A three-judge panel from the Court of Appeals for the Washington, D.C., Circuit has reportedly vacated a 2010 Department of Labor (DOL) administrative interpretation declaring that mortgage loan officers did not qualify under the "administrative exemption" to overtime pay.
The ruling is a victory for the Mortgage Bankers Association, which had opposed the revised interpretation.
The Fair Labor Standards Act (FLSA) requires that most employees in the U.S. be paid at least the federal minimum wage for all hours worked and time-and-a-half for all hours worked over 40 hours per week. However, Section 13(a)(1) of the FLSA, which the DOL adopted in 2006 under the Bush Administration, provides an exemption from both minimum wage and overtime pay for those working as bona fide executive, administrative, professional and outside sales employees.
However, in 2010, the DOL under the Obama Administration reversed its position and declared that loan officers are not exempt under the FLSA. That prompted the MBA to file its case, Mortgage Bankers Association v. Seth D. Harris, which asserts that the DOL changed the rule without due process, in January 2011.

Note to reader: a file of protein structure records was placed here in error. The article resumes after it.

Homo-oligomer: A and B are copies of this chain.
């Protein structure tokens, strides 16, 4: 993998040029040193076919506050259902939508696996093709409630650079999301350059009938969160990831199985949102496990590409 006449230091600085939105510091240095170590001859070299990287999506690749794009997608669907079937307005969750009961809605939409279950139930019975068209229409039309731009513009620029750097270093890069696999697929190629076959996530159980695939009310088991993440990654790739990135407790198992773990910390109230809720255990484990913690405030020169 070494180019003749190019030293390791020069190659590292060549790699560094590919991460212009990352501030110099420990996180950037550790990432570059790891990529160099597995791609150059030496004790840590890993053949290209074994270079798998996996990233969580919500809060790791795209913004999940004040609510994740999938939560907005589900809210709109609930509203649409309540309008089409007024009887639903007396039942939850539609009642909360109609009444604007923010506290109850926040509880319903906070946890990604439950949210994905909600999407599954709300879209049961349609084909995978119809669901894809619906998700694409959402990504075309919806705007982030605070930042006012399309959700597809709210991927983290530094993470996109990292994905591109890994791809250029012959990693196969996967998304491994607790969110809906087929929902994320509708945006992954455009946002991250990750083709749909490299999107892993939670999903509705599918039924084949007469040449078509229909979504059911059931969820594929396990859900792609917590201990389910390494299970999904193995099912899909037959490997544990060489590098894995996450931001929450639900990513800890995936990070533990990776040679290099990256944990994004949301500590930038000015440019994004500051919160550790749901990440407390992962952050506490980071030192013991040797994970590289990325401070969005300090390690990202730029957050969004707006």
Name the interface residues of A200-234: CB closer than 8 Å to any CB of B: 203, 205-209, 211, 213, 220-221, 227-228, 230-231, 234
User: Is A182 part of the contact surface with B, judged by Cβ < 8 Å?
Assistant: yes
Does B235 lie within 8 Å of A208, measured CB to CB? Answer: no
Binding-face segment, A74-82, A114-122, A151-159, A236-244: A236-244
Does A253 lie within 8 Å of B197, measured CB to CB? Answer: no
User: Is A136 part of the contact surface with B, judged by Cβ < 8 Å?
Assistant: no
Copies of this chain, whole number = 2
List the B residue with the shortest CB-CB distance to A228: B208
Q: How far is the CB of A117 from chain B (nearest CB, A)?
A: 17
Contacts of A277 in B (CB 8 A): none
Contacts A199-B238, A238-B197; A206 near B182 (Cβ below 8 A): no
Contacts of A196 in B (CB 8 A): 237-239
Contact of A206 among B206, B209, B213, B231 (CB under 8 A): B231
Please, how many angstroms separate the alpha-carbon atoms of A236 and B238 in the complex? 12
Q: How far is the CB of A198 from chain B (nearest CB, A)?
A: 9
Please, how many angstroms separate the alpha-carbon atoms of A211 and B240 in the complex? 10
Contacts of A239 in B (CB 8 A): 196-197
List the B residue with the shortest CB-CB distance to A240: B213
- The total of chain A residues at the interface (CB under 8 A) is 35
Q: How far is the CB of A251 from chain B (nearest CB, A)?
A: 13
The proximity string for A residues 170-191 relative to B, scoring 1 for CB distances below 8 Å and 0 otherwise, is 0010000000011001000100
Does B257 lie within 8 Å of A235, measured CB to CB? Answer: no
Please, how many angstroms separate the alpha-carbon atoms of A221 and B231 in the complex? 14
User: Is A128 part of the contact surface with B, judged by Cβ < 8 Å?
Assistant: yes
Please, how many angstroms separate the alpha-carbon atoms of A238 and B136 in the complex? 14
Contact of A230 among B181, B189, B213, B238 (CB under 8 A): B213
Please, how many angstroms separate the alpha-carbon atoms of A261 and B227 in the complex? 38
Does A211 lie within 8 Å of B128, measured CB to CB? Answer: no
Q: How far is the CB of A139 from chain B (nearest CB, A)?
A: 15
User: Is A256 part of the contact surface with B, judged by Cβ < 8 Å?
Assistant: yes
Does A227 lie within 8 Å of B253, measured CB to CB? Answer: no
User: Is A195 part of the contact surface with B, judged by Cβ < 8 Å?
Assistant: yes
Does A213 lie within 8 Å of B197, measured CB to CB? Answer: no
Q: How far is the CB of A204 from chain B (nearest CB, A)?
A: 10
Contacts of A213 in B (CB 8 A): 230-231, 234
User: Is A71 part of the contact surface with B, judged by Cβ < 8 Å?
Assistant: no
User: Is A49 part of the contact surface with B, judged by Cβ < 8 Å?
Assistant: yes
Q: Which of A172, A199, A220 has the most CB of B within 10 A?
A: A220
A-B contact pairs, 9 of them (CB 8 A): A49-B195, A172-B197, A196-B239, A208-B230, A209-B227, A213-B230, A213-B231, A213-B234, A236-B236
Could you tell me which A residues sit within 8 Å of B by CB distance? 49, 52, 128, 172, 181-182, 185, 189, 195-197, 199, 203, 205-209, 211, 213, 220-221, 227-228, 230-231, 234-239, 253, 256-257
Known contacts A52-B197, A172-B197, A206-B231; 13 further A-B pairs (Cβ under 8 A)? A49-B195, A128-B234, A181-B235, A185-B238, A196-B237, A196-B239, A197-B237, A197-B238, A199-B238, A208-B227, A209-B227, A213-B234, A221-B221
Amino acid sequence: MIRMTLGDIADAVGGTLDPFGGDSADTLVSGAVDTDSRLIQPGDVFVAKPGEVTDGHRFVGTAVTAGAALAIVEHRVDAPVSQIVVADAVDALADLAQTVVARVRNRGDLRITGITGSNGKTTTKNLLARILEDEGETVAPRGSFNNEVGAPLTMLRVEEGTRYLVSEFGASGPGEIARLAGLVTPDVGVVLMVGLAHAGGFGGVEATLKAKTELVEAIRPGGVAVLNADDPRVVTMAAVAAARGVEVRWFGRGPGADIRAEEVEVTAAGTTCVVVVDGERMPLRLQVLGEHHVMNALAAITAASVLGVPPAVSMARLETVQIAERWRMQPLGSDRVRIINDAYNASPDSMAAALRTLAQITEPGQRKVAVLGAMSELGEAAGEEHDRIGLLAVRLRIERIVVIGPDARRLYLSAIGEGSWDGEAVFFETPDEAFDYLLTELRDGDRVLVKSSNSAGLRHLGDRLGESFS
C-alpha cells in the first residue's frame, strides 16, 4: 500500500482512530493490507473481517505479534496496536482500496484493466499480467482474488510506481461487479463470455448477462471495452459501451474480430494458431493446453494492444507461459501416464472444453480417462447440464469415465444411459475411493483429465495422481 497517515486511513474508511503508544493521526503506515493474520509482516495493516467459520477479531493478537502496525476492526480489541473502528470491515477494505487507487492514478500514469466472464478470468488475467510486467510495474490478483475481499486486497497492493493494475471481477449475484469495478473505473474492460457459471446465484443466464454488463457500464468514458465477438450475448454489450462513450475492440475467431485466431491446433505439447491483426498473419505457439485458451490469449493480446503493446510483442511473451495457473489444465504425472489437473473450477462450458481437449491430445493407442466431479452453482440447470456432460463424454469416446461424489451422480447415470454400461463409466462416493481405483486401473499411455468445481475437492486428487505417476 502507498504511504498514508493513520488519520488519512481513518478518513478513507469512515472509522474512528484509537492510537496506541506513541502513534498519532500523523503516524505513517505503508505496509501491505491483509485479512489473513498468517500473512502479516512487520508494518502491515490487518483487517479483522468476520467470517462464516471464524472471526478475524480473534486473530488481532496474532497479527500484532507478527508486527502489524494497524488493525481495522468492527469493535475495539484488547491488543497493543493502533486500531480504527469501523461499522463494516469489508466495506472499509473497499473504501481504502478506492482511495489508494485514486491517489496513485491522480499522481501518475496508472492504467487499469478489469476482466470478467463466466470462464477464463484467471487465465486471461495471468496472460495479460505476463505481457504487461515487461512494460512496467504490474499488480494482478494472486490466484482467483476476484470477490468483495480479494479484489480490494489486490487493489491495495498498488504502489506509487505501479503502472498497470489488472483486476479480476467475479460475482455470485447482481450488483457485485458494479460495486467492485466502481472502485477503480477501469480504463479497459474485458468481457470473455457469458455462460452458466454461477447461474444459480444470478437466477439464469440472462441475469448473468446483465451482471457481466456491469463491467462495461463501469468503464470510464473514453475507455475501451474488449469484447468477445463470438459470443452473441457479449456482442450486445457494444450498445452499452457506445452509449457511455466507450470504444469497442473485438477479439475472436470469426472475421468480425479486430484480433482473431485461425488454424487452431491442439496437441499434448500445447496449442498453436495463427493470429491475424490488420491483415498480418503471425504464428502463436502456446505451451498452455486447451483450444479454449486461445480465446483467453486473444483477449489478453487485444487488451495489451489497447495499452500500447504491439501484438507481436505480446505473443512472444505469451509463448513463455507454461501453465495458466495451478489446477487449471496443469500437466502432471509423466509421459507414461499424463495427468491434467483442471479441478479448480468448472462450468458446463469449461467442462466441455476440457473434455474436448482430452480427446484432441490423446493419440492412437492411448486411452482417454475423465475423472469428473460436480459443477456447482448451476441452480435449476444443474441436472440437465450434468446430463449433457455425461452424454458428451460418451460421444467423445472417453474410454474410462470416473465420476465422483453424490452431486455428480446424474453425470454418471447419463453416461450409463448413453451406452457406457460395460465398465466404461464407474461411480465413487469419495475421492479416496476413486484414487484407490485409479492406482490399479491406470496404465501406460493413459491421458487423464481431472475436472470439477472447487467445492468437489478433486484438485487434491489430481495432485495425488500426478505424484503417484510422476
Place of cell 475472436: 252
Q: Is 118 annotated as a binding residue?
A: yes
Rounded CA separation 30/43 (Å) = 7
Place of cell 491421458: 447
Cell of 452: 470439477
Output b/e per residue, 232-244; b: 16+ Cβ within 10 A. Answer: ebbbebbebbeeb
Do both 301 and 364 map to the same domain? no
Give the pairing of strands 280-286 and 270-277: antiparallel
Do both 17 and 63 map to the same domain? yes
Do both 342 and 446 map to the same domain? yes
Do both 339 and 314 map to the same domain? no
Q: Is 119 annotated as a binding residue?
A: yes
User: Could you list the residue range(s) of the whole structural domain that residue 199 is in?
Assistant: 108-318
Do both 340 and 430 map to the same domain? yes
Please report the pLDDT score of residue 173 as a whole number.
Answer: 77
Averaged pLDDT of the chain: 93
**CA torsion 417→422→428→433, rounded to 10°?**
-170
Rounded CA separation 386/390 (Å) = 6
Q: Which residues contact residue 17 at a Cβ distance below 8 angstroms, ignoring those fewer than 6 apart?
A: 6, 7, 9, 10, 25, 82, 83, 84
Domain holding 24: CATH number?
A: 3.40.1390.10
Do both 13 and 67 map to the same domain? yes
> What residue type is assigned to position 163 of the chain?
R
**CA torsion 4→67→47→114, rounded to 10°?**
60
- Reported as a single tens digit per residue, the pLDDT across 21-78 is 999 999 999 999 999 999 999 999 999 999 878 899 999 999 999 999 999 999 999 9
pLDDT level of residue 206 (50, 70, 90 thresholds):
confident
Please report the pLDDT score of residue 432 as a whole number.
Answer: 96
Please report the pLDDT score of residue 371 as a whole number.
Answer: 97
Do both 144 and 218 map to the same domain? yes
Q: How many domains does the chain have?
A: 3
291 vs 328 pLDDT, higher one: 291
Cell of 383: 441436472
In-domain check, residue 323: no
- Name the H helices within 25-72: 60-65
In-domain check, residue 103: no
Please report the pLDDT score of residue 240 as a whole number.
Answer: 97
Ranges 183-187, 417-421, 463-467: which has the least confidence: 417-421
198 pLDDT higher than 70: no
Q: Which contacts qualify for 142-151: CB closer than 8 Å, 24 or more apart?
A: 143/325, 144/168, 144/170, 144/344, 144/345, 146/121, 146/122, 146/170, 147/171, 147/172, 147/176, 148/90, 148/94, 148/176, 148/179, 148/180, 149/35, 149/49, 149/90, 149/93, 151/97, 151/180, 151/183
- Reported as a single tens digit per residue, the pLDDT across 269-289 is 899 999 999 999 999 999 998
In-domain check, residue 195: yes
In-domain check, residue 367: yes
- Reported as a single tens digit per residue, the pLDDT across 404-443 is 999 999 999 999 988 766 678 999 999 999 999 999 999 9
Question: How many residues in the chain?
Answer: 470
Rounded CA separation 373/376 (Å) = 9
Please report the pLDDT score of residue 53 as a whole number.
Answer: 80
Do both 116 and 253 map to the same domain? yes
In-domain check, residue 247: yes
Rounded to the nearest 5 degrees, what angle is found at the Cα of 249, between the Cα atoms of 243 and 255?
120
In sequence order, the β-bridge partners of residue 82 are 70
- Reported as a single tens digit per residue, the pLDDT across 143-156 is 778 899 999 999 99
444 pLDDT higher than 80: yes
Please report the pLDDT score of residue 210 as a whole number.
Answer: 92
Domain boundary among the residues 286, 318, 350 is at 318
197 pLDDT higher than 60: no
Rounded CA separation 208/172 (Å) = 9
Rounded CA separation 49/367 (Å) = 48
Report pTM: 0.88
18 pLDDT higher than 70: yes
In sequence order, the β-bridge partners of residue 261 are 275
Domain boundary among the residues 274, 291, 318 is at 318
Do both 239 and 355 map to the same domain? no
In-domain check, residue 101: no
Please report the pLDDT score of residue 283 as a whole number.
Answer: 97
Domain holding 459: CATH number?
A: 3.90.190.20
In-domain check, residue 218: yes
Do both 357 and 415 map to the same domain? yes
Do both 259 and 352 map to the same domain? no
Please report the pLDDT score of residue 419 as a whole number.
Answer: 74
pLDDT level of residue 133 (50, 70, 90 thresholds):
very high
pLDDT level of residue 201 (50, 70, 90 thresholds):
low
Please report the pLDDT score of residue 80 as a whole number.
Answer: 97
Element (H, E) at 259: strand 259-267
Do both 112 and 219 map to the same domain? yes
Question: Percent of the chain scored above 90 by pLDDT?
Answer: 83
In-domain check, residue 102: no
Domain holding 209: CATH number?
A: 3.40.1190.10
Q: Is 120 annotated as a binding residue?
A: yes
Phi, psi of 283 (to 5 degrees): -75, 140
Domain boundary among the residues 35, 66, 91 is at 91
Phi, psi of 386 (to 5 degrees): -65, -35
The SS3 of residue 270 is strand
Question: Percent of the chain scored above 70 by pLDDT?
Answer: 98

"When an agency has given its regulation a definitive interpretation and later significantly revises that interpretation, the agency has in effect amended its rule, something it may not accomplish [under the APA] without notice and comment," the MBA wrote in its suit against the DOL. However, later that same year a lower court upheld the DOL's revised ruling.
Although the D.C. District Court on July 2 vacated the DOL's ruling, it did not weigh in on the validity of the revised interpretation. As such, the DOL could still warn and hold a formal comment period and implement the change in a separate action.
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